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Tuesday, March 23, 2010

How much mobile broadband traffic is outside the user's awareness?

There's a lot of talk about controlling mobile broadband traffic by segmenting customers, or by trying to use tariffing to "modify behaviour".

Some of this makes sense - perhaps offering discounts for certain types of day, or even for using uncongested cells.

But I see a problem, literally "in the background" which may stifle attempts to "make customers use networks more responsibly" by being more careful about which applications they choose to use, or how they consume bandwidth.

I suspect that the amount of data traffic and events that are outside users' conscious control is going to rise inexorably. It will be very difficult to charge users for downloads that did not arise from them specifically clicking on a link, or firing up a particular application.

I'm thinking about:

- Javascript on web pages fetching extra data or applications
- Automated software updates running in the background (eg virus profiles, OS security patches)
- Interrupted downloads resuming while mobile
- Retransmitted data when someone reloads a web page because it hangs
- Repeated downloads of the same content (eg email attachments) because a device doesn't allow "save as", or because the file system is too convoluted to find it anyway
- Push notifications which drive both signalling and media consumption
- Pings and keep-alives between applications and servers
- Tracking data like cookies
- Monitoring of data about device "state" by the operator, OEM or 3rd party
- Encryption overhead
- Firmware updates and patches
- Lack of clear delineation between local applications and cloud-based components

.. and so forth.

I think that factors like these will make any application-based policy and charging very difficult to realise for mobile broadband. Expecting the user to know what their phone or PC is doing on their behalf, in the background is going to be a pretty tough sell. It's not user behaviour, it's device and application behaviour.

Does any operator have liability insurance that covers them for the consequences of throttling virus update downloads?

And should the user be aware of any compression being conducted on their behalf by the network? If I download a 10MB attachment, but it was only 2MB over-the-air, how can I be certain I'm charged for the lesser amount? Or if I'm drip-fed a downloaded video from an operator's buffer, is there extra signalling involved that I'm supposed to pay for?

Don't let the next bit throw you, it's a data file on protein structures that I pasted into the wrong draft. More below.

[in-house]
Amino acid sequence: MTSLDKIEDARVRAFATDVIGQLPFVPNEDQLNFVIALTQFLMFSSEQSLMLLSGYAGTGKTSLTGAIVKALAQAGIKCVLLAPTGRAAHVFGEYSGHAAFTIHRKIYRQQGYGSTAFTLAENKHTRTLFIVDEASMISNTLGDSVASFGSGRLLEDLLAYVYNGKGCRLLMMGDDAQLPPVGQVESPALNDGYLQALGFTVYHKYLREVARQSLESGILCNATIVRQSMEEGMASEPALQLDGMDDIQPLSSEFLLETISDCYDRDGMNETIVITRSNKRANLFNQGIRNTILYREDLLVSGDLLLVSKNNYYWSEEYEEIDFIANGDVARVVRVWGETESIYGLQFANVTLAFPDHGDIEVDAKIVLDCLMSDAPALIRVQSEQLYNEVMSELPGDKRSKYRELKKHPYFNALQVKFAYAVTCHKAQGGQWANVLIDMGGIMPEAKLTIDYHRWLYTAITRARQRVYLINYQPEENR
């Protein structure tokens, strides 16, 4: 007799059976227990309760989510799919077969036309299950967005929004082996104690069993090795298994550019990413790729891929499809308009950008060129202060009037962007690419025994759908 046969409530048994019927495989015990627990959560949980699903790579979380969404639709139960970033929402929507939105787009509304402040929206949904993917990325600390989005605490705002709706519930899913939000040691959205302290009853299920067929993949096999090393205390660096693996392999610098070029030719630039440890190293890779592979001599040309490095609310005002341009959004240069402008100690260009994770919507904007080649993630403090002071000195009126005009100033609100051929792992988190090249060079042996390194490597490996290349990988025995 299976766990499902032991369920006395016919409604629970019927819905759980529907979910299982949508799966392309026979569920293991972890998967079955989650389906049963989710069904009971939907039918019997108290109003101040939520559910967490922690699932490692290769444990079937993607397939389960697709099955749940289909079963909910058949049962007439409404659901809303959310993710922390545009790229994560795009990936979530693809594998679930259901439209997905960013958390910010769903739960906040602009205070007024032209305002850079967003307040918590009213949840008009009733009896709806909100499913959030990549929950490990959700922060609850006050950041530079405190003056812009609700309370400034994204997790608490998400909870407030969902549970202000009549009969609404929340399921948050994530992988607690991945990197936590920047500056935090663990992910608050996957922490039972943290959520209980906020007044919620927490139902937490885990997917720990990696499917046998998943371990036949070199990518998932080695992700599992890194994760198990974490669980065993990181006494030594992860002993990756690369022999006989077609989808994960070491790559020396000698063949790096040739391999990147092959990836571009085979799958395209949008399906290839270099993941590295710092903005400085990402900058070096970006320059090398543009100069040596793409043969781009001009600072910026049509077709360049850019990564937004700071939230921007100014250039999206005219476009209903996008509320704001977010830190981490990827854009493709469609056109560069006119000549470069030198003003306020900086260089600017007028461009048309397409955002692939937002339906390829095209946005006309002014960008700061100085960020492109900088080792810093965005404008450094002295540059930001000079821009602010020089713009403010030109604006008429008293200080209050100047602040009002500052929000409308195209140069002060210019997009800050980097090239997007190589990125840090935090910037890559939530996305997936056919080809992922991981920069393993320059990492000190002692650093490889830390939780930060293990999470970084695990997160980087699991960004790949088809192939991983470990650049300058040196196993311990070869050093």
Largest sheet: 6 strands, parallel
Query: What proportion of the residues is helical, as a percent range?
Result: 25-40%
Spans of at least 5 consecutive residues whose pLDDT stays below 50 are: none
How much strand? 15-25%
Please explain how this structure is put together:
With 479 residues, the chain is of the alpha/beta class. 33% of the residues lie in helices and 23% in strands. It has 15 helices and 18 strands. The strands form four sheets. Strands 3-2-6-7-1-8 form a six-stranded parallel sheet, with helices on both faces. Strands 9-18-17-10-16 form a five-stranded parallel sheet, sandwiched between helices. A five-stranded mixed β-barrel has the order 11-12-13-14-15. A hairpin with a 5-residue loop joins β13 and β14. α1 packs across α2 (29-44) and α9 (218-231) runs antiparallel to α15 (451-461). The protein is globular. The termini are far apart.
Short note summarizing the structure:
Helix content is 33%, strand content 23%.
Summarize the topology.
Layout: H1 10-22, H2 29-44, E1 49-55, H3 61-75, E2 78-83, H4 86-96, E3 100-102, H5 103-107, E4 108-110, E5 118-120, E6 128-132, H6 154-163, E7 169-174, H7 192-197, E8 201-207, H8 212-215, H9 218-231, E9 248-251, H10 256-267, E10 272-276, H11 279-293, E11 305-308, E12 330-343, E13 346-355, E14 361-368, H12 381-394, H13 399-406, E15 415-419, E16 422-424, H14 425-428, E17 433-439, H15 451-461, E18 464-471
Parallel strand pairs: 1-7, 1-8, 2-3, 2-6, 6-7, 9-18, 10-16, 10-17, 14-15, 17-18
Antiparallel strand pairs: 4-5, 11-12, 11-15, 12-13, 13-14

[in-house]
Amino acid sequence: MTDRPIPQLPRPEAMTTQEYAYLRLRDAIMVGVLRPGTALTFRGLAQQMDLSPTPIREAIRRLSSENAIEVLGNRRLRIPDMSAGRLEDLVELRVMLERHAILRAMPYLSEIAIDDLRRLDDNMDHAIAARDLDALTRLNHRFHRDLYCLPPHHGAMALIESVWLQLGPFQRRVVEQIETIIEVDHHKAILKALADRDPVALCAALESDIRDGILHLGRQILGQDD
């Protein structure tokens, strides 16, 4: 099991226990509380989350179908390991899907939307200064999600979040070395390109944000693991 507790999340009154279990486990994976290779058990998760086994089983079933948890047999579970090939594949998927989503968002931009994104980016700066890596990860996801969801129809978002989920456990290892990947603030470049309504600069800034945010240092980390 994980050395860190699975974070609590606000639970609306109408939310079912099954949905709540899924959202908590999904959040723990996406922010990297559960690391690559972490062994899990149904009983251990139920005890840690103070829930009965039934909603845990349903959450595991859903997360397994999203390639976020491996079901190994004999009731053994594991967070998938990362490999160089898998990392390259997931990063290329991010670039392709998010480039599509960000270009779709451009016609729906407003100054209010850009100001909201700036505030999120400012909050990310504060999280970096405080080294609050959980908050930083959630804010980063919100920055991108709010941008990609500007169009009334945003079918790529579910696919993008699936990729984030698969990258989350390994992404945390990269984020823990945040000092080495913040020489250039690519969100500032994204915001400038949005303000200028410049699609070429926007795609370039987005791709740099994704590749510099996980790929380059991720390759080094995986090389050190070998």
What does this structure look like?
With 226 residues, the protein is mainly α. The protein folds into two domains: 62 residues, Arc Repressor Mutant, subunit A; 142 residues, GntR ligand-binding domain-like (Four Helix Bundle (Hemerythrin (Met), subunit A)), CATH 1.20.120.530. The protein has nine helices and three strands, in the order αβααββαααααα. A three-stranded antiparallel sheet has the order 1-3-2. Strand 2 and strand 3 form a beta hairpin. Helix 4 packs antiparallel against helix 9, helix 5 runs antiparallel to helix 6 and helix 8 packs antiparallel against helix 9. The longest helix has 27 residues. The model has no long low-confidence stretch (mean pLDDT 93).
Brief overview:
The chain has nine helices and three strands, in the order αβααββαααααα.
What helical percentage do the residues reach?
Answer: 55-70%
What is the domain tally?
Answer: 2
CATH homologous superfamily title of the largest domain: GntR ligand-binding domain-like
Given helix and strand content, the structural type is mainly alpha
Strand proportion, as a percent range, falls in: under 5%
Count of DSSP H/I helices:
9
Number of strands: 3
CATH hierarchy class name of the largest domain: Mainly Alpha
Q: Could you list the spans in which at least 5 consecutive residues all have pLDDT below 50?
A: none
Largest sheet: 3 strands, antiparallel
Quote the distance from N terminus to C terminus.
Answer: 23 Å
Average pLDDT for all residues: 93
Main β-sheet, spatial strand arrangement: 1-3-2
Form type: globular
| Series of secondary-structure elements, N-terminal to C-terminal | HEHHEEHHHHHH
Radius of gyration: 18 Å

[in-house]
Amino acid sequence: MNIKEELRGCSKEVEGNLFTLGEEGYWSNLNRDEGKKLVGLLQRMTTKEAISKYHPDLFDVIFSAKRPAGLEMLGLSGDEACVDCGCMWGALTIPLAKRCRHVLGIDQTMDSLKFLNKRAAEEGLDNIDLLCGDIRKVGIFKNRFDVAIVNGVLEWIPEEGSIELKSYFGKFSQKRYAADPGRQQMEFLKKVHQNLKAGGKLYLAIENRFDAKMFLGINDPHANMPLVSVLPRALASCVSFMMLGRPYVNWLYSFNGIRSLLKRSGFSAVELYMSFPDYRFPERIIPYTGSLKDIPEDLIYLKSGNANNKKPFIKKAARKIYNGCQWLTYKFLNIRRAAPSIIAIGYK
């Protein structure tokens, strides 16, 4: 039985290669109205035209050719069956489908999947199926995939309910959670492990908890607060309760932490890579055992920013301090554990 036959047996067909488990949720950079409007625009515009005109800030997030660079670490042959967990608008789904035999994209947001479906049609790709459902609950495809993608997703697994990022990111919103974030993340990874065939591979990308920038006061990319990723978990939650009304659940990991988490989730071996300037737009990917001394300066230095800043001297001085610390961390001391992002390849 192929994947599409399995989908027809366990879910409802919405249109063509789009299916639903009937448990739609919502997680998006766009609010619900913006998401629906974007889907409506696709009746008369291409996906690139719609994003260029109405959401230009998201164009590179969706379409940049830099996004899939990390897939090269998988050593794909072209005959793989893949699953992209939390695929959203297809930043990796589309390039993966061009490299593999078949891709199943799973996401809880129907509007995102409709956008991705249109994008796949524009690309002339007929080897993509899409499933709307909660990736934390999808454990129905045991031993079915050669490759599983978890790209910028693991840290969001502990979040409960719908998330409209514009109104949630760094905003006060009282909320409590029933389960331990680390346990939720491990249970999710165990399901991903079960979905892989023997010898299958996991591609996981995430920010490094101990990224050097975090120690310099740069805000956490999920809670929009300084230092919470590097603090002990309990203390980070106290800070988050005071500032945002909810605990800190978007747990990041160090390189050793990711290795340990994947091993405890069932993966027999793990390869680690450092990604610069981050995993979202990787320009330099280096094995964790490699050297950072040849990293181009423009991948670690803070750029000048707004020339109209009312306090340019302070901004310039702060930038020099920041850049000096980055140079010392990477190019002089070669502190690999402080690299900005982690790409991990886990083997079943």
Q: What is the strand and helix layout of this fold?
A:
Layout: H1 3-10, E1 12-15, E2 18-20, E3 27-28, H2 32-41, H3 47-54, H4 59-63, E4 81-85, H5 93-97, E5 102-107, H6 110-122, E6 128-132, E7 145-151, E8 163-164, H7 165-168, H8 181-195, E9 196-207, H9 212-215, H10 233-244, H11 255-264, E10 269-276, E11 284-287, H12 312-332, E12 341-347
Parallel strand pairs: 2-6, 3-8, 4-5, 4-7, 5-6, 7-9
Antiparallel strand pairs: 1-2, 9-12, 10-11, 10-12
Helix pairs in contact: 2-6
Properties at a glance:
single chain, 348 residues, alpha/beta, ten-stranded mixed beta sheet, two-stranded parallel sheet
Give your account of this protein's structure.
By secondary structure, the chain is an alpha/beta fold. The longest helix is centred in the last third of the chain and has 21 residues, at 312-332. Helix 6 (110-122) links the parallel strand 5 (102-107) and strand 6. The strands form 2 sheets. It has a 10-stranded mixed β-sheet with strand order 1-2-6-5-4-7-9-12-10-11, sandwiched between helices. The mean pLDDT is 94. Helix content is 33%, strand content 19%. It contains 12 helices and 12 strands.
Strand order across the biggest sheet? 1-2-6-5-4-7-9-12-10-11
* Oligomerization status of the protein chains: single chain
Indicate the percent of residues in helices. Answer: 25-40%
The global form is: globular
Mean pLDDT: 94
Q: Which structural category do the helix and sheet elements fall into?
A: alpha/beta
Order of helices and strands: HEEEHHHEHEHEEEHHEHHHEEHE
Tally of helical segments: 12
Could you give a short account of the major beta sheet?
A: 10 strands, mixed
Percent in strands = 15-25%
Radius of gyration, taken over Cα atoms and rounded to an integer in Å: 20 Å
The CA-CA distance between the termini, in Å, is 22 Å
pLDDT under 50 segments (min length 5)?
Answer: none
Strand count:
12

Later this week, I'm going to be announcing the publication of a report on Mobile and Fixed Broadband Business Models, written on behalf of my associates at Telco 2.0. One of the themes it looks at is the role of policy in helping operators define new operating and revenues models. My view is that it is very important, but some of the theoretical possibilities about charging are overstated, because of complexities like these. If you're interested in getting some more detailed information about the new report, please email information AT disruptive-analysis DOT com.


Sami said...

This is an important topic for sure, though probably much more important on mobile than fixed - the majority of the world has large enough quotas for most of that stuff to not matter on PCs, even though the "background" traffic is much bigger in terms of MBs on the PCs.

On the mobile, however, many users have to live with pay-as-you-go data or with limited quotas.

Without going into the numbers in too much detail, having your mobile always-on enabled with persistent connections (as, say, all the iPhones are thanks to their new notification architecture) can contribute to the tune of 20MB per month of data - not an insignificant amount. If you're paying by megabyte, you will not appreciate knowing you paid for 20MB "for nothing".

Davide said...

I do not think the traffic sources you listed are a significant percentage of the total data downloaded in a mobile broadband connection.

As it seems at the moment, the main traffic in Mobile Broadband (used via USB dongles) is composed of peer-to-peer traffic to download music/movies.

Perhaps you have different data?